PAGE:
Synapticon: Embedded in a robot arm
Nikolai Ensslen, what are the special technical features of the new Somanet drive controller?
Ensslen: Somanet Drive 1000 Ethercat supports decentral drives of up to 1000 W, and offers its own motion control intelligence. Coming with two Ethercat interfaces, and a powerful Somanet system-on-chip, the controller is projected ahead. Robot producers who implement the new Somanet node can reckon with less cabling, and need no control cabinets for all their electronics. The servodrive creates precise sensor-supported control with high power/weight ratio. Plus cost-savings by reducing system components and simplifying mechanical design.
What do you see as unique selling points?
Ensslen: In Drive 1000 we‘ve succeeded, by our model-predictive, field-oriented control technology, in substantially reducing heat dissipation – a very relevant factor for decentral servo technology. Prerequisites were also created for the Somanet safety module announced for 2018, which is of great importance for topics like collaboration and safety of driverless vehicles. At Synapticon our basic principle is to substantially reduce manufacturing costs of robotic electromechanics by controlling physical factors that influence performance and quality by means of software. Here computed models of the elements of a drive are combined with high-resolution and high-speed sampling of physical variables, such as phase voltages and currents of the motor, or play of the gearing. On this basis our control technology can improve performance and quality of motors and gears, from the elimination of disturbing torque effects of low-cost motors through to matching the play of cycloid gears. With a power range density of 10 cm²/1 kW our servodrives are the most compact worldwide, meaning they can be integrated in a robot arm or mobile base right next to the motors. Given integrated safety functions and I/Os, the number of wires in an industrial robot cable drops from hundreds to just six, collected in a DC lead and a communication lead.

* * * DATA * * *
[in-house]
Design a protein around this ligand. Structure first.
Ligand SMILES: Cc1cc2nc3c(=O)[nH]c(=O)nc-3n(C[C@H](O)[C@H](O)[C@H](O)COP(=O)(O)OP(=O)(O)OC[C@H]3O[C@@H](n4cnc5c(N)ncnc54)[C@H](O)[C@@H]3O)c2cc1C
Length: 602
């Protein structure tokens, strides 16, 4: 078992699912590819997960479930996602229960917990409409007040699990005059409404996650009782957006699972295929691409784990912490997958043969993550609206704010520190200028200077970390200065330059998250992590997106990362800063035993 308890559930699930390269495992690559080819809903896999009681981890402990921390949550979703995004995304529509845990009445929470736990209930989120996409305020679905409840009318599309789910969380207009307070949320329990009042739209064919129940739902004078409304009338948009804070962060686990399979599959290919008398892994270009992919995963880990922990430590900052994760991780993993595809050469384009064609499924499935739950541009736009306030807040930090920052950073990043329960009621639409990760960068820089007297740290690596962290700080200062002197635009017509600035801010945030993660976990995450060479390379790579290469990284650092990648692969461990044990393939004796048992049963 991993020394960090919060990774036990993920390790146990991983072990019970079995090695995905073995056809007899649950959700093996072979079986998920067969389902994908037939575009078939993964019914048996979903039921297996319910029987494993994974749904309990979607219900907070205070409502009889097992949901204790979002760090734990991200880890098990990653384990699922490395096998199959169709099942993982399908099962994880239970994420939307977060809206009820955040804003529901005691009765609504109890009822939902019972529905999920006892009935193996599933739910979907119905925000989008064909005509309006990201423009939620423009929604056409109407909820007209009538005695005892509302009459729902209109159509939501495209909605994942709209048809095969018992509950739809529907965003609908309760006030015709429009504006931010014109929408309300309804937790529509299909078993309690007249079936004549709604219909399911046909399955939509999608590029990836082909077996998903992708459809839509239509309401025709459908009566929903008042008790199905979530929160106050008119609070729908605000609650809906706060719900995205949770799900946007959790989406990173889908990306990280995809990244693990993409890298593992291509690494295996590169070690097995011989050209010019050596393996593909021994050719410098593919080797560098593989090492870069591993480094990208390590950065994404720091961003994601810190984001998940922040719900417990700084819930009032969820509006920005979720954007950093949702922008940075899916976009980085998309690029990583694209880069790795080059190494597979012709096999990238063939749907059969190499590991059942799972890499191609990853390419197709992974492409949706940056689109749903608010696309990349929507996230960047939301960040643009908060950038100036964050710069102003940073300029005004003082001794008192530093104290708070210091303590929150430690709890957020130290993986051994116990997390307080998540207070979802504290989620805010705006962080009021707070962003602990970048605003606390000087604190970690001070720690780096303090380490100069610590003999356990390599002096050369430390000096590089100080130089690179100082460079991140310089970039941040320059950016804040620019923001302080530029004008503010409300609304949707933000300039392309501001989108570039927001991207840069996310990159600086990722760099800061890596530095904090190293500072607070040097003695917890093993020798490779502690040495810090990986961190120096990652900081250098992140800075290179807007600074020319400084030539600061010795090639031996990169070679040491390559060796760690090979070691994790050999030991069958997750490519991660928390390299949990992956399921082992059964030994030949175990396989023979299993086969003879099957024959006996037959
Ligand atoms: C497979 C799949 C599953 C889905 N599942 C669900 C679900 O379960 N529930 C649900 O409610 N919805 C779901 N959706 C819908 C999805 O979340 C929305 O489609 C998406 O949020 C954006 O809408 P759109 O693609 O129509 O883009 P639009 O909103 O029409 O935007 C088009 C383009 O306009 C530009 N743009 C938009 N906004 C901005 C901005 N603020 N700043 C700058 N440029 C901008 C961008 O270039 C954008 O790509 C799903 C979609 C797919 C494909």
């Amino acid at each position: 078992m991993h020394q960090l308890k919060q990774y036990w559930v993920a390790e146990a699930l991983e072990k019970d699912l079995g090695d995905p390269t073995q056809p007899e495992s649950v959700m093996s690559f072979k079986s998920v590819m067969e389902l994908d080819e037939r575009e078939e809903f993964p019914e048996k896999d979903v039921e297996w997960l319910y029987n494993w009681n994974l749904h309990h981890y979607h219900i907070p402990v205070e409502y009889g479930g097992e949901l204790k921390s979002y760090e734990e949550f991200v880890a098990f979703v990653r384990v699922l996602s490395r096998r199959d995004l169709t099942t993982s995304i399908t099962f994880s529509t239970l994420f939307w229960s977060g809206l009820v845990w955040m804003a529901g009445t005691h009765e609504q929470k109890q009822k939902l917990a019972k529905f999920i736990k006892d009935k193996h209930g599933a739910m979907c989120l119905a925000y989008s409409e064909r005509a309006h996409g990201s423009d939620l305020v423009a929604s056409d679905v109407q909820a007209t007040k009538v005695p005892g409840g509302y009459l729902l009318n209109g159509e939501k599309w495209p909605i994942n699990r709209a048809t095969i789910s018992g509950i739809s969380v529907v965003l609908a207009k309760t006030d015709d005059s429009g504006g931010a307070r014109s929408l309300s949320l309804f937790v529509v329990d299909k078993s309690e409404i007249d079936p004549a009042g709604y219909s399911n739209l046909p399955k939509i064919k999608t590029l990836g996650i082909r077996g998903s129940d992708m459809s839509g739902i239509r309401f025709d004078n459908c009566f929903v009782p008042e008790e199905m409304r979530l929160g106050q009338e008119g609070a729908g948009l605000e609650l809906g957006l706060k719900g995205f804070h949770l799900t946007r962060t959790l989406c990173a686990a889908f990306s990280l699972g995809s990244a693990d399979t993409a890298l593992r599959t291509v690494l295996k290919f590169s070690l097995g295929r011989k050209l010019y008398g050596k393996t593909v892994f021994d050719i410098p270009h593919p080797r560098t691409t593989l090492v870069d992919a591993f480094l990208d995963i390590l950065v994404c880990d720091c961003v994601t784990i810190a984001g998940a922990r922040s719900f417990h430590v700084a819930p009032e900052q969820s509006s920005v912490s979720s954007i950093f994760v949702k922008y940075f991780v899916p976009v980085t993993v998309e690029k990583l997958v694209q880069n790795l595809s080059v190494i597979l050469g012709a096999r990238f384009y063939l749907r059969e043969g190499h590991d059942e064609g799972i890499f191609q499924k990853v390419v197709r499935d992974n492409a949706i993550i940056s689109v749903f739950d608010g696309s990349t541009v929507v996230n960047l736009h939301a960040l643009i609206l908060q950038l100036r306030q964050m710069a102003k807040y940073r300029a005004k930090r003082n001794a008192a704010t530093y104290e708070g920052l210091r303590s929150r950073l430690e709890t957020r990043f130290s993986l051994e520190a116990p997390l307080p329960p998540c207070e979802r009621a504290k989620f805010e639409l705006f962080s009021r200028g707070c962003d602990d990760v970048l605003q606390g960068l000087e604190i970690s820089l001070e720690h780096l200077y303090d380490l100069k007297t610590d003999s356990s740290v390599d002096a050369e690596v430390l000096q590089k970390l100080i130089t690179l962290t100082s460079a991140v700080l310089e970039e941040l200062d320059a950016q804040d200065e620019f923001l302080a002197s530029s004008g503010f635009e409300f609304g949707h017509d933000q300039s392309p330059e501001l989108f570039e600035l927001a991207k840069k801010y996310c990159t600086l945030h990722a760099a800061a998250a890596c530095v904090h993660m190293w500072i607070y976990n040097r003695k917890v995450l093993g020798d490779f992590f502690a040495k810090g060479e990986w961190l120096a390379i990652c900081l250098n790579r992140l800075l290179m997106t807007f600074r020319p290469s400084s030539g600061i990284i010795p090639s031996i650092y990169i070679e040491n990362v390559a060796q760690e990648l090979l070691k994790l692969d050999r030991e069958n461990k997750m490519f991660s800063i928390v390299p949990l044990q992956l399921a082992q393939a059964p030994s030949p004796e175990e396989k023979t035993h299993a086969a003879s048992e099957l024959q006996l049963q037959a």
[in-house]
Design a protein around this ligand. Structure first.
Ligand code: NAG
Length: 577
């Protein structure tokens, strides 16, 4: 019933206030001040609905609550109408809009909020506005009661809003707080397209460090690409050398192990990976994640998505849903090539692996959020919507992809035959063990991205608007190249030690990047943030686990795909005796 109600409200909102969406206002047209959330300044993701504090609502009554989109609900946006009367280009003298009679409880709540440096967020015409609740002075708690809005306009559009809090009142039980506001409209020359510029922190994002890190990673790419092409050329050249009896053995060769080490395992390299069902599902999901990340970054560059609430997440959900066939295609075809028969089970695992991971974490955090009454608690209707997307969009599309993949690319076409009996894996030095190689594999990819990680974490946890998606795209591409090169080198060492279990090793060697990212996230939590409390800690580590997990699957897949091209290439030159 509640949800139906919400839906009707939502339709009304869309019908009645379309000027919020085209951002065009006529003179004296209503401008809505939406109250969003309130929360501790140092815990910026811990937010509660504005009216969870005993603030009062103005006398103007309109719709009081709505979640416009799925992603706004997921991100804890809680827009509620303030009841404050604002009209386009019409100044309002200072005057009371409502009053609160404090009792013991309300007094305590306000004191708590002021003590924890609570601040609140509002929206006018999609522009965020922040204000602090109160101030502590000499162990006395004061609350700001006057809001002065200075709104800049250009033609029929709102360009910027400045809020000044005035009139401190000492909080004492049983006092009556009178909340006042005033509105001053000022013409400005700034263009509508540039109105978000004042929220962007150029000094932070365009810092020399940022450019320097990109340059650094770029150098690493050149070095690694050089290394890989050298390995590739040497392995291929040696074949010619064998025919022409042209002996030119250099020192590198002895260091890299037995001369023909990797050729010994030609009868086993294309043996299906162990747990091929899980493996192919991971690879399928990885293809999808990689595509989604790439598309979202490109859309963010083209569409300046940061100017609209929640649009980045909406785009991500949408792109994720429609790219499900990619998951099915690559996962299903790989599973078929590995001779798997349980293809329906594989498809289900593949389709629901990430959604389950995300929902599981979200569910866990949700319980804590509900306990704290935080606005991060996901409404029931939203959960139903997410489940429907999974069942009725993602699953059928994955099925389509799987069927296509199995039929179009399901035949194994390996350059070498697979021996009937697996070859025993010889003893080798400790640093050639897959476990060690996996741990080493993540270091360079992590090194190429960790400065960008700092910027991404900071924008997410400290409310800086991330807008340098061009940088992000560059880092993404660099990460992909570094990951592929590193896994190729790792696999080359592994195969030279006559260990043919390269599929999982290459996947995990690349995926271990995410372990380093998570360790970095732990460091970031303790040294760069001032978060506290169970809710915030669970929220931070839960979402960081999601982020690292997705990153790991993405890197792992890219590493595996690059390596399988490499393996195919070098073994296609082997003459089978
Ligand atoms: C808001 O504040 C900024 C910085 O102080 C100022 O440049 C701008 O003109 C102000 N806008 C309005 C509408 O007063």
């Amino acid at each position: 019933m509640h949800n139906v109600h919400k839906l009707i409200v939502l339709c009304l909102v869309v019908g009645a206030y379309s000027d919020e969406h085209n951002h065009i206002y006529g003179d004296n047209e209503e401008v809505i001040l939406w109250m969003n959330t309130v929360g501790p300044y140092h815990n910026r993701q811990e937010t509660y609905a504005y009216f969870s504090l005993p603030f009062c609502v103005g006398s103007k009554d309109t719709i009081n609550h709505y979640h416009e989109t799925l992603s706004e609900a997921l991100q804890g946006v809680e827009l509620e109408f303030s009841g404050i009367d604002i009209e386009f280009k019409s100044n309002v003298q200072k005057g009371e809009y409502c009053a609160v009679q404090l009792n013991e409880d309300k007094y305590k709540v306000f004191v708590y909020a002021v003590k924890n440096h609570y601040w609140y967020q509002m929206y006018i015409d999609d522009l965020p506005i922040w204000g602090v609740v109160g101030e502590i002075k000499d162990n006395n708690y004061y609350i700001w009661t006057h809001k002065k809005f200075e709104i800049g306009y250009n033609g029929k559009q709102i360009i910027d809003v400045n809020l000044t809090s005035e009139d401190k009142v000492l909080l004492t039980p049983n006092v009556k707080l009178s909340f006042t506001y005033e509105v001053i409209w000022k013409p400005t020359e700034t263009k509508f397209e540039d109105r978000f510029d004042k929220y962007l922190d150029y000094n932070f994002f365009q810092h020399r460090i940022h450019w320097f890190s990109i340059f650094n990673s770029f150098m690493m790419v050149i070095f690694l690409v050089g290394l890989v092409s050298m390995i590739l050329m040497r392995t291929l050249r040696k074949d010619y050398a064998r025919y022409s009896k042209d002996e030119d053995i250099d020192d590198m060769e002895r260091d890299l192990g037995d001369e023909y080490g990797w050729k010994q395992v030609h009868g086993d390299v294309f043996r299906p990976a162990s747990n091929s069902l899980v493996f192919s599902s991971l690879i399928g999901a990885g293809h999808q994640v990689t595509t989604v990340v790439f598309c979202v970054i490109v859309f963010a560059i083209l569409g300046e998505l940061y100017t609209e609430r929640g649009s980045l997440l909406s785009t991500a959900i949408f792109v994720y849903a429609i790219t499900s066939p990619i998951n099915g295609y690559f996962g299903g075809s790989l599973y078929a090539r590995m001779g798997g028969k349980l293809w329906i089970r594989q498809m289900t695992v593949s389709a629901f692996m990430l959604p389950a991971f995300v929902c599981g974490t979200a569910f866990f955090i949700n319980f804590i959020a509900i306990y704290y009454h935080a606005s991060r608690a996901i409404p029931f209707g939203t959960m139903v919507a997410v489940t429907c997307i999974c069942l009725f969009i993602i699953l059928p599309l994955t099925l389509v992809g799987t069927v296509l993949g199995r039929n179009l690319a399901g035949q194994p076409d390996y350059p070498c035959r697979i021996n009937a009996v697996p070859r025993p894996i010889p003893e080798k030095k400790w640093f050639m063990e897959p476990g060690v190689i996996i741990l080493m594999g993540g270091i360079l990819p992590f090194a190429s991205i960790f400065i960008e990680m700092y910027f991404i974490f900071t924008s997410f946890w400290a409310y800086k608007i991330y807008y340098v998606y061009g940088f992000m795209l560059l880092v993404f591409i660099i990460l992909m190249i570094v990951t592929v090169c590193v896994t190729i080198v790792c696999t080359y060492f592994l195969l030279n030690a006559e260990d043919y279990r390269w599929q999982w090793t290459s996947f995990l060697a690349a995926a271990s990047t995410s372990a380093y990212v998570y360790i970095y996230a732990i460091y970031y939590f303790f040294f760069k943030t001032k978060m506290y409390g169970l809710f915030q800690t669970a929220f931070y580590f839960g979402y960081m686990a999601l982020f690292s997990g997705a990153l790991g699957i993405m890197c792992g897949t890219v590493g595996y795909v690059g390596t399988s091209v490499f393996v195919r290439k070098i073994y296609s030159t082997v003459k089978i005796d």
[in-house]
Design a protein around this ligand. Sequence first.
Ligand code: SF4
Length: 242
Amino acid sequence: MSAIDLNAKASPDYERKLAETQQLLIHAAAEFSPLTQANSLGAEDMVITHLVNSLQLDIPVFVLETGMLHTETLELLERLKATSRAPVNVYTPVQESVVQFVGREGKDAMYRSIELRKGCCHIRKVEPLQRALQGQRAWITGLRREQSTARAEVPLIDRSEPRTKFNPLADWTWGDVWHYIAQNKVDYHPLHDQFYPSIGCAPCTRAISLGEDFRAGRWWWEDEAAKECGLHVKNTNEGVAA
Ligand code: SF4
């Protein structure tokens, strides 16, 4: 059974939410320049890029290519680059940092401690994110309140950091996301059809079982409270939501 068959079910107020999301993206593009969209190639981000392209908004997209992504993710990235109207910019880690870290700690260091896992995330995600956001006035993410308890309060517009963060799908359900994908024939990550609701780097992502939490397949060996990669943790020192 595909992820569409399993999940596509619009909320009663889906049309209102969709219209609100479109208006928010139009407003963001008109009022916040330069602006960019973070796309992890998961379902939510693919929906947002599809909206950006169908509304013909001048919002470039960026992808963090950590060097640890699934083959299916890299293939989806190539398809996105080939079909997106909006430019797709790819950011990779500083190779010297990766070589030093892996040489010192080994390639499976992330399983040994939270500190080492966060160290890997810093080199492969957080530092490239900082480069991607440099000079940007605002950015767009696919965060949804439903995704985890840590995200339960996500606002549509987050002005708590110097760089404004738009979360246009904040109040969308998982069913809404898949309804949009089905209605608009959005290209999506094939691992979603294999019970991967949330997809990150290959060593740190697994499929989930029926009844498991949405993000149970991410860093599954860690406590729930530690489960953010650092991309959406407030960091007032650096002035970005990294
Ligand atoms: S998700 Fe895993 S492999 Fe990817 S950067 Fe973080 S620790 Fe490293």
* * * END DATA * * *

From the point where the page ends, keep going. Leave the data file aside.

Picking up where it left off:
Synapticon‘s presentation at the show will supposedly outline a new direction. So where are you heading?
Ensslen: Since its first public appearances in 2012, Synapticon has been a regular exhibitor at the SPS IPC Drives show. Things have been happening since last year. After increasing capital with existing and new investors, we‘ve set up new sites, taken on extra staff, and developed new products. Our strategy has also taken a new shape: In future we‘ll concentrate on two things: collaborative robotics, especially robot arms, and mobile systems. The focus will be on embedded systems for drive technology, motion control, and autonomous motion planning in robotics to offer the growing number of producers a complete platform of look-ahead technology. It all comes together in our new slogan ‘Intelligent Robotic Motion‘.